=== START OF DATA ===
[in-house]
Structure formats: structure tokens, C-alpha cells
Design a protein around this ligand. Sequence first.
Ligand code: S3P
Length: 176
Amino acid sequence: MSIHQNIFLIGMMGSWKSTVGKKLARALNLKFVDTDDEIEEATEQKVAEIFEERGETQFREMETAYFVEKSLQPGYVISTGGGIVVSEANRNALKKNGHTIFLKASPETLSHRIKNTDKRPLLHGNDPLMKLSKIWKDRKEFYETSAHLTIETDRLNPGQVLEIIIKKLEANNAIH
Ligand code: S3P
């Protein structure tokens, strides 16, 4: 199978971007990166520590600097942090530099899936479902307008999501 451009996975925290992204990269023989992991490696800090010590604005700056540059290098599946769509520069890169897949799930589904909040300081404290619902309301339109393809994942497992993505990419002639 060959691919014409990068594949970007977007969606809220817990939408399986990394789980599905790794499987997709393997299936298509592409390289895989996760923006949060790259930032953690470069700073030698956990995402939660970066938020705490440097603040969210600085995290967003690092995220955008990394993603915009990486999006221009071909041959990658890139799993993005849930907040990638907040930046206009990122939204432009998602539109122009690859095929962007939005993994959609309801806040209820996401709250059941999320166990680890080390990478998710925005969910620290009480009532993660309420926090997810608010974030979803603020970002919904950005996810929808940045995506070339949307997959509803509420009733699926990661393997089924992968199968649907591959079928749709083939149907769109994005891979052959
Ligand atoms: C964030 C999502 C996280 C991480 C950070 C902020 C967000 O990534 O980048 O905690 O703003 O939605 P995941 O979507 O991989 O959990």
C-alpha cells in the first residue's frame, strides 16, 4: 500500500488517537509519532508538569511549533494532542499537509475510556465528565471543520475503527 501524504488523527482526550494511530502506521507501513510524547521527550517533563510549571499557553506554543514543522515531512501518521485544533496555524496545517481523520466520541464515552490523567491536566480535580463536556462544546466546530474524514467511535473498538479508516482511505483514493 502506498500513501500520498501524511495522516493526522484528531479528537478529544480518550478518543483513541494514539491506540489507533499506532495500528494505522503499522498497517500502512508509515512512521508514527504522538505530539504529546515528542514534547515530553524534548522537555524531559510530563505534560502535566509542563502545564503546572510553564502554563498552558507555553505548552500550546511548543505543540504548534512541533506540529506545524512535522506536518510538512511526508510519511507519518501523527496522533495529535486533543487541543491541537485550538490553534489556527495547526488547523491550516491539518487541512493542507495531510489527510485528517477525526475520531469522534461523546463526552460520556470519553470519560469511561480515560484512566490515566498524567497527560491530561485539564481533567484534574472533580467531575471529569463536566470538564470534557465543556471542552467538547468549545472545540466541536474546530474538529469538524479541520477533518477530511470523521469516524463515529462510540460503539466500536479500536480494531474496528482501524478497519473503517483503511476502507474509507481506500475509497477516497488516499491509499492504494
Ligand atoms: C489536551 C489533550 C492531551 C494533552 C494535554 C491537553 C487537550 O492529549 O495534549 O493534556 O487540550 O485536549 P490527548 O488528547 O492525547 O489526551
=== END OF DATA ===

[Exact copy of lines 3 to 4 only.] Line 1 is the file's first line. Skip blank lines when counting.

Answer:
Design a protein around this ligand. Sequence first.
Ligand code: S3P